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Texas Is Suing Planned Parenthood for $1.8B Over $17M in Medicaid Payments

The case is being heard by a far right judge who recently ruled to shut down access to abortion drug mifepristone.

The outside of the Planned Parenthood headquarters is pictured on May 20, 2010, in Houston, Texas.

On Tuesday, far right Texas Judge Matthew Kacsmaryk will begin hearing arguments in a case brought by conservative plaintiffs that could shut down Planned Parenthood clinics in Texas and across the country.

Texas and an anonymous plaintiff affiliated with extremist anti-abortion group Center for Medical Progress filed a lawsuit against Planned Parenthood over $17 million in Medicaid payments that the group collected over several years as the state attempted to kick Planned Parenthood off its Medicaid program.

The state is suing to recoup the payments – which Planned Parenthood received after a judge granted an injunction that allowed the group to continue receiving them – as well as fees for every claim that the plaintiffs argue was made falsely, the accrued interest, and attorney fees.

In all, the state is suing for a whopping $1.8 billion — enough to bankrupt the three Planned Parenthood affiliates in Texas several times over, according to The Texas Tribune. This is almost as much as Planned Parenthood, its political arm, and its affiliates made in revenue in the last fiscal year overall, with $1.9 billion in revenue, and is more than the organization had in expenses all year.

“The stakes of this baseless case could not be higher — this is an active effort to shut down Planned Parenthood health centers,” Alexis McGill Johnson, president and CEO of Planned Parenthood Federation of America, told Ms. Magazine earlier this month. “Affordable, high-quality sexual and reproductive healthcare is already under threat, and these politically-motivated allegations could upend care for millions of patients in Texas and potentially across the country.”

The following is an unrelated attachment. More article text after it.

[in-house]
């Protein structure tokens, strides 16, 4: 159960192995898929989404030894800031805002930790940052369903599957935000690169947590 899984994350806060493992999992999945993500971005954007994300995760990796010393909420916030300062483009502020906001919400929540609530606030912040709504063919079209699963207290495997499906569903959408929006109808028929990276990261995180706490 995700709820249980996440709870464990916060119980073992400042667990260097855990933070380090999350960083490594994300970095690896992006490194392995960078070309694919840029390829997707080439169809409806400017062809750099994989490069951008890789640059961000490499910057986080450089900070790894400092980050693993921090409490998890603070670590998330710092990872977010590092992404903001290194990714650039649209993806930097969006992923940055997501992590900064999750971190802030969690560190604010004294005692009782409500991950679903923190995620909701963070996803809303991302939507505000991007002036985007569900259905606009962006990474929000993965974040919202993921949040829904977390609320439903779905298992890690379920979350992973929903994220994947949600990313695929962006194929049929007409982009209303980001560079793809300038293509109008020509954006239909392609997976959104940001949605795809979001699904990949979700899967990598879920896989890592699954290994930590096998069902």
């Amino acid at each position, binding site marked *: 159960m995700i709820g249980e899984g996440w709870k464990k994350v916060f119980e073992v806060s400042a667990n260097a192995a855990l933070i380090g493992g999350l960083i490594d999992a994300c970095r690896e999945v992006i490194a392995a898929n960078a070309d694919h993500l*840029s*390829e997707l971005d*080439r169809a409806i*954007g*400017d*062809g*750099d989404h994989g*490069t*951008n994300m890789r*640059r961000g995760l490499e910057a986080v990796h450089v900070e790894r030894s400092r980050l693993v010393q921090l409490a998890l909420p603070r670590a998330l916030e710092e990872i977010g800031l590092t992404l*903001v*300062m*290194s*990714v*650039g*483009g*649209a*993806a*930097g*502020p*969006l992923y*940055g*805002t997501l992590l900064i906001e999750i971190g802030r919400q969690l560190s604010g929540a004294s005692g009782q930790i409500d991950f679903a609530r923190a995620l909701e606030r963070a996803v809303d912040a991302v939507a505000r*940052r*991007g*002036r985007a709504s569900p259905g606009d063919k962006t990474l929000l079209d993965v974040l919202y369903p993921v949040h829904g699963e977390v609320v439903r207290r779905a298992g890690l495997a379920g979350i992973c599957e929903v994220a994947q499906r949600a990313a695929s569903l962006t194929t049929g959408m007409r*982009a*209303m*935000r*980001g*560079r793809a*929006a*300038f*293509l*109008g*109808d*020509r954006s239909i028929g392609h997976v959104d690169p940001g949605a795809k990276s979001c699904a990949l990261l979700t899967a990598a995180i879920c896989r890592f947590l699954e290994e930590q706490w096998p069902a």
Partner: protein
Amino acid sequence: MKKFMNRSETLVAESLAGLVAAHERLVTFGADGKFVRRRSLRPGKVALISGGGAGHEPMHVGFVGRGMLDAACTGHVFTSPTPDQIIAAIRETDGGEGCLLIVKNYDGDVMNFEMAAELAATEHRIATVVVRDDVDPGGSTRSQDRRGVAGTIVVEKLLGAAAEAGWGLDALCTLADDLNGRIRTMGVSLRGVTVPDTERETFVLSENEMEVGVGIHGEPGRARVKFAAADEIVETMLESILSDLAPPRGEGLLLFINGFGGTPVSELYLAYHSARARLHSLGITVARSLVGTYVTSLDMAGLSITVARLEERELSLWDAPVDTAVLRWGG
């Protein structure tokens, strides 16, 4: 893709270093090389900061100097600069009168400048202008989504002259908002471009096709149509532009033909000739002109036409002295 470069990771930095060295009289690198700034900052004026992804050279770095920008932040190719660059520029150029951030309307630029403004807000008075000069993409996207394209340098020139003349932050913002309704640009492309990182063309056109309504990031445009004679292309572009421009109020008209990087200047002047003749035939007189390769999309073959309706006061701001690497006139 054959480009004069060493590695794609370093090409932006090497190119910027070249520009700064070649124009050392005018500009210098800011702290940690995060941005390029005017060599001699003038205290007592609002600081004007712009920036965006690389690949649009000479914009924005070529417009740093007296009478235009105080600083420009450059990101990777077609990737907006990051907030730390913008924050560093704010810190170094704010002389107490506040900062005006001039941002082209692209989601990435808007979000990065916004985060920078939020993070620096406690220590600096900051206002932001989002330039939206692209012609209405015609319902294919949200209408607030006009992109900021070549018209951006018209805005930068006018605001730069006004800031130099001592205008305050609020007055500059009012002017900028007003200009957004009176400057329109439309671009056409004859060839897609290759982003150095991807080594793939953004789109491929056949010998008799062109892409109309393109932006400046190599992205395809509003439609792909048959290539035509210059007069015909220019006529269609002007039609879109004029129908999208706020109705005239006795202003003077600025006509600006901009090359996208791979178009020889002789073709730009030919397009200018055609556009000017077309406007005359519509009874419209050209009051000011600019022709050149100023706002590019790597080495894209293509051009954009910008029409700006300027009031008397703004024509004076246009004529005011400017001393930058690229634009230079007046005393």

The case, Doe v. Planned Parenthood, is the latest in Texas’s longtime quest to shut down Planned Parenthood across the state by removing its funding — even though Planned Parenthood, like other providers across the state, no longer provides abortions due to Texas’s abortion ban.

Over a decade ago, Texas lawmakers removed Planned Parenthood from the Women’s Health Program, a Medicaid program that helps low-income women access contraception. This had devastating effects on contraception access.

When courts said that Texas wasn’t allowed to remove Planned Parenthood from the program, the state rallied behind a bogus and heavily doctored video by Center for Medical Progress activists purporting to expose Planned Parenthood for selling fetal tissue — claims that were debunked time and again as a baseless attack against the organization and abortion rights, but that became a major sticking point for anti-abortion activists nonetheless. (David Daleiden and other Center for Medical Progress activists were later found guilty of Racketeer Influenced and Corrupt Organization Act charges in relation to its attacks on Planned Parenthood.)

Riding off the controversy created by the video, the state filed more lawsuits in its attempts to remove Planned Parenthood from Medicaid. The state was eventually successful in 2021, when the far right U.S. Court of Appeals for the Fifth Circuit ruled that Texas is allowed to remove Planned Parenthood from its Medicaid program.

Doe v. Planned Parenthood case was filed in Amarillo, Texas, in order to be heard by Kacsmaryk, a Donald Trump-appointed district judge with a conservative Christian background who ruled earlier this year to revoke the Food and Drug Administration’s approval of the abortion drug mifepristone, essentially banning the pill nationwide.

Kacsmaryk is notorious for his brash approach and extreme right wing lean — so much so that activists specifically file cases in his district in order to have their cases heard by him — and the mifepristone ruling was no exception. Legal experts pointed out that the mifepristone ruling read more like an anti-abortion screed than a legitimate legal opinion, with a mountain of errors and whole sections that appear to be just paraphrases of the talking points of the activists who brought the case.

The state’s case against Planned Parenthood is similarly without merit, as some writers and experts have said.

“No sensible judge would hold that a litigant can be bankrupted because it acted consistently with a federal court order while that order was in effect,” wrote Vox writer Ian Millhiser on Doe in May. “But this case is being heard by Matthew Kacsmaryk, who’s spent his brief time on the bench acting as a rubber stamp for virtually any conservative litigant who comes to him seeking a court order.”

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